Brushing and flossing
Brushing and flossing are important parts of your daily routine. Here are some tips to help you:
How to brush
- Put the head of the toothbrush against your gumline and the tips of the bristles at a 45-degree angle to the gumline. (You may need to ask your parent for help with this.)
- Move the toothbrush back and forth, going in a circle and scrubbing, several times in each spot.
- Keep the bristles angled against the gumline, while you brush both the inner and outer surfaces of each tooth.
- Brush the chewing surfaces straight on.
- Clean the inside surfaces of the front teeth by tilting the brush upright and making several up-and-down strokes with the front of the brush.
- Finish by brushing your tongue, which helps remove germs from your mouth.
- Rinse with water or a fluoride mouthwash to remove loosened plaque.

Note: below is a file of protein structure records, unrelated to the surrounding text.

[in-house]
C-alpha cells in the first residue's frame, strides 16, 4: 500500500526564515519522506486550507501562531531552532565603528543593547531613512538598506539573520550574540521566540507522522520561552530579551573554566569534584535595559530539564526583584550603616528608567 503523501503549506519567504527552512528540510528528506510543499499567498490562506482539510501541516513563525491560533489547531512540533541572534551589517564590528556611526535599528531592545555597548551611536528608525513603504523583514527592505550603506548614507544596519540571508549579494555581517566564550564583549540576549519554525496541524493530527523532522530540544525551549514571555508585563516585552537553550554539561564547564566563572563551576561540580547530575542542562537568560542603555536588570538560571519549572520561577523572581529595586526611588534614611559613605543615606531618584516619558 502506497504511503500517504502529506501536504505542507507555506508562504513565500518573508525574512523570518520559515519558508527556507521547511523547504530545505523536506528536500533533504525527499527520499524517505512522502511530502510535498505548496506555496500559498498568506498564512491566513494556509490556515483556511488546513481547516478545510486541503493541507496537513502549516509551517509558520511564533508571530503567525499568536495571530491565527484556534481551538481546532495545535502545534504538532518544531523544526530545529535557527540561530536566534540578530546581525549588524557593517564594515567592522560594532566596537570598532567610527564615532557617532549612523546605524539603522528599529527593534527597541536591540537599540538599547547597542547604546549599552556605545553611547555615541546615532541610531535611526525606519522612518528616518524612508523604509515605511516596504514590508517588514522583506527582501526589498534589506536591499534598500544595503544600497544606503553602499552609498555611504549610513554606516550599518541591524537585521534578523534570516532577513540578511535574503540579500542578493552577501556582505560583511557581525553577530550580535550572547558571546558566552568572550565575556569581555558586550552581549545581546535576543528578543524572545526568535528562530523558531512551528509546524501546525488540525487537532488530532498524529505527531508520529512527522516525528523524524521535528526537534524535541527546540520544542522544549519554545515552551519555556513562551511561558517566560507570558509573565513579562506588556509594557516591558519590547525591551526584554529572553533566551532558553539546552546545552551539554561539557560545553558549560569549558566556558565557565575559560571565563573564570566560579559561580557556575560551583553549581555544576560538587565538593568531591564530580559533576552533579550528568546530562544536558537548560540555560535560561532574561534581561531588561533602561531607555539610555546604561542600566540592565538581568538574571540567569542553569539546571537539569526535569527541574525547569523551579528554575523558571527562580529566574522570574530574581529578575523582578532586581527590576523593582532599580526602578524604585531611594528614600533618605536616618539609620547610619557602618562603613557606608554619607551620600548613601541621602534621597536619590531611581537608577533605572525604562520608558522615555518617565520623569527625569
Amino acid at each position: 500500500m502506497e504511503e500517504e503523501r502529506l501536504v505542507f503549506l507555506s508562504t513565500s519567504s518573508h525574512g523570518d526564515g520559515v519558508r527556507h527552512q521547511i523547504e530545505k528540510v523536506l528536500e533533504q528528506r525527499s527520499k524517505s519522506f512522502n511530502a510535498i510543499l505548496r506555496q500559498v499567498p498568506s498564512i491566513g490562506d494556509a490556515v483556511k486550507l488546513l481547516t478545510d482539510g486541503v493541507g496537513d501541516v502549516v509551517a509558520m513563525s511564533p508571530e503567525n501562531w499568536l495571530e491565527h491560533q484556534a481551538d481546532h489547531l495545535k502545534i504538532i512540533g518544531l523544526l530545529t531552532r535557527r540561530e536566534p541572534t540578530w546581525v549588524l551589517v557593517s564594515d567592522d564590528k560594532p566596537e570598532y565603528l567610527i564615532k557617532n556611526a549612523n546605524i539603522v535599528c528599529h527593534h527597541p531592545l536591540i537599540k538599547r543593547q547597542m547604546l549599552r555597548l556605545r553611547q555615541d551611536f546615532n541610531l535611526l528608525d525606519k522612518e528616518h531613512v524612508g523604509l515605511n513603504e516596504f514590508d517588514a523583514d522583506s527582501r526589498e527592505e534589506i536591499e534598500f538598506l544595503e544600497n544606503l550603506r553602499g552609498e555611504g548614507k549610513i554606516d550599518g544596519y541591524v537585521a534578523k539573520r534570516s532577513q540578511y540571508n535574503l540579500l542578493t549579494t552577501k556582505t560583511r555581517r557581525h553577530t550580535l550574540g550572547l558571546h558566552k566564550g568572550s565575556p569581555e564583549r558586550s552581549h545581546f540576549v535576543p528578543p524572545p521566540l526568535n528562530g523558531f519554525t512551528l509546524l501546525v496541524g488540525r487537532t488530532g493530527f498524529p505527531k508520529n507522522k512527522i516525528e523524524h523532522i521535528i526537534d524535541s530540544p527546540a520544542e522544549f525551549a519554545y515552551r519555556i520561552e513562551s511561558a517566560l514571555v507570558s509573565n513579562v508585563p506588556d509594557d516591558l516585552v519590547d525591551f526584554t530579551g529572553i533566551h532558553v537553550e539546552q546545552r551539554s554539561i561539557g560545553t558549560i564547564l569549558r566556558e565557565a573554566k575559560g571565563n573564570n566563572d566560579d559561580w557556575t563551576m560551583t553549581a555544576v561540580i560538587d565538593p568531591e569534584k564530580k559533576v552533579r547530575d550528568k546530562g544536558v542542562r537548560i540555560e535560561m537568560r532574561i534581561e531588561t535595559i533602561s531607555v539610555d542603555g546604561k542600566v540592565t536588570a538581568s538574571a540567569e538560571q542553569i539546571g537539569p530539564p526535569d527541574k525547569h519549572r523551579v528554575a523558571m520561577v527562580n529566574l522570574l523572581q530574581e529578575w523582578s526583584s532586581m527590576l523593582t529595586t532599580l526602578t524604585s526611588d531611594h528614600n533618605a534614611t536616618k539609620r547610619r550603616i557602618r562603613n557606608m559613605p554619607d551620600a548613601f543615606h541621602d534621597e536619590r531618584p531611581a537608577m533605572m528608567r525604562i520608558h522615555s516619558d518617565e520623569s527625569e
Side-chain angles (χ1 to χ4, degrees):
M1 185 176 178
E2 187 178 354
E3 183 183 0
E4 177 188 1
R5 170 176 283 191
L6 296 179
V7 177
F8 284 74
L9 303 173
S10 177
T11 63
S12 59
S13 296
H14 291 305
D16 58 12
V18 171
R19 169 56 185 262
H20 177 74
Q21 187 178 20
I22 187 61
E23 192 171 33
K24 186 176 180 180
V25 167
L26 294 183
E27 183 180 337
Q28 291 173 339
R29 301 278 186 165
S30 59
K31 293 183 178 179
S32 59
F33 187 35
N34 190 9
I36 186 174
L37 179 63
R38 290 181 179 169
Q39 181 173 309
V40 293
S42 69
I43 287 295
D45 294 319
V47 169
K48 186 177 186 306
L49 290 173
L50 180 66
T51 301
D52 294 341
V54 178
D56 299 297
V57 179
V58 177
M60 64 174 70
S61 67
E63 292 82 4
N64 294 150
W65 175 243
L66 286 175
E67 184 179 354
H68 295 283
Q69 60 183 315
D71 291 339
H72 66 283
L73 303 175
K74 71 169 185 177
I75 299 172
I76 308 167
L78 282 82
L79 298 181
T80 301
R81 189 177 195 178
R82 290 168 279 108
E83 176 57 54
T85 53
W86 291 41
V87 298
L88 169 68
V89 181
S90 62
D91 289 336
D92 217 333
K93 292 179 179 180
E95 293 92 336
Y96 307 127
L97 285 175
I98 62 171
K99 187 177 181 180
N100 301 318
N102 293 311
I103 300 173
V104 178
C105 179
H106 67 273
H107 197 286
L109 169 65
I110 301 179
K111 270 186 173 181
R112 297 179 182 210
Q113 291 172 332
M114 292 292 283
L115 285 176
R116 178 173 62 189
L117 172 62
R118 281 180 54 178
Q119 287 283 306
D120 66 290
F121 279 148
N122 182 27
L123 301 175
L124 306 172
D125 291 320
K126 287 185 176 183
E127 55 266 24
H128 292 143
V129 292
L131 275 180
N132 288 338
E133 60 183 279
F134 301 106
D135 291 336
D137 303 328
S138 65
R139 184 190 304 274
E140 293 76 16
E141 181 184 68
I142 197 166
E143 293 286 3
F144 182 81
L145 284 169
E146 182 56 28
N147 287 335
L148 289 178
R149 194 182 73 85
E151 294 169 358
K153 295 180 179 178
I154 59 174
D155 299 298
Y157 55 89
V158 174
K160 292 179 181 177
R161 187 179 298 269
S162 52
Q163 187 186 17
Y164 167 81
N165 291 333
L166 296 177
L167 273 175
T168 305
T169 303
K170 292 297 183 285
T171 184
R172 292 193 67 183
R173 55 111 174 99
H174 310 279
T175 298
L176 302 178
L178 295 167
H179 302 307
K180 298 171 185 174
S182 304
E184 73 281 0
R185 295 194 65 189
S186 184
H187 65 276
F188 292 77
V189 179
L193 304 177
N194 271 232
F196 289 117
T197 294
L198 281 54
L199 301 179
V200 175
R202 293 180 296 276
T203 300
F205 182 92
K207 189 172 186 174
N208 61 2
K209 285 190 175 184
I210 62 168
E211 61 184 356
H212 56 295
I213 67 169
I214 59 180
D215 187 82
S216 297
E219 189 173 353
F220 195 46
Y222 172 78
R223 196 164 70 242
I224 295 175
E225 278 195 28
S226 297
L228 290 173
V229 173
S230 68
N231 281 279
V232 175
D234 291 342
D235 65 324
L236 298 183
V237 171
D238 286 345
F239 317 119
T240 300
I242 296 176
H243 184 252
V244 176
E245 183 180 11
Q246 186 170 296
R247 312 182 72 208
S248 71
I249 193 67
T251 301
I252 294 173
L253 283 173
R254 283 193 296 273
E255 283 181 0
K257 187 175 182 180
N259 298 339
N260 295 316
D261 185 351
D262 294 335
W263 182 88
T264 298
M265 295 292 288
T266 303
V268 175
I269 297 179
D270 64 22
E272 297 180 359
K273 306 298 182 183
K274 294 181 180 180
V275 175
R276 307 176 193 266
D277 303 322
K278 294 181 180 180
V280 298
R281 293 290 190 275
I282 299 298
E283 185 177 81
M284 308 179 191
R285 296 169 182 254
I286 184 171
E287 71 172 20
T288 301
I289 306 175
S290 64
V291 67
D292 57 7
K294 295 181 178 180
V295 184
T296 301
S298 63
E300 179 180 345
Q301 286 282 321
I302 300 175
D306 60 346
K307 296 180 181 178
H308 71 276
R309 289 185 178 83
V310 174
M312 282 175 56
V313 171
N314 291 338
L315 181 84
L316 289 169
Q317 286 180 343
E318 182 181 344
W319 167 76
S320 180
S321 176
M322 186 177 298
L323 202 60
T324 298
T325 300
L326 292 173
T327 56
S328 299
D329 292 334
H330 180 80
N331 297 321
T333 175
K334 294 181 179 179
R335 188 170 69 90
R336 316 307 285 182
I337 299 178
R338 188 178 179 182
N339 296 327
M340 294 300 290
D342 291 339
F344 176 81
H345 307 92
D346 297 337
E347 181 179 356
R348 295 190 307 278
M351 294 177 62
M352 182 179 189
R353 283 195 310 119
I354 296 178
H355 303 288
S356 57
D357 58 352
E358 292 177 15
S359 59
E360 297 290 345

- Brush your teeth gently. Don't squash the bristles - that means you're brushing too hard.
- Replace your toothbrush every two to three months, or as soon as the bristles are worn or bent. A worn-out toothbrush does not clean your teeth properly and can hurt your gums. You should also replace your toothbrush after you've had a cold.
- Be sure you are reaching every tooth. The toothbrush can only clean one or two teeth at a time, so move it around a lot.
- Try not to use a toothbrush with hard bristles. That can hurt your gums. Use a toothbrush with soft, end-rounded bristles.
- By the time you're eight, you can floss your own teeth. Try using a loop of floss. Tie the ends of a 10-inch piece of floss, forming a circle. Hold the floss tightly between the thumbs and forefingers.
- Floss your teeth the same way each time, so that you don't miss any teeth.
- Floss gently, so you don't hurt your gums.
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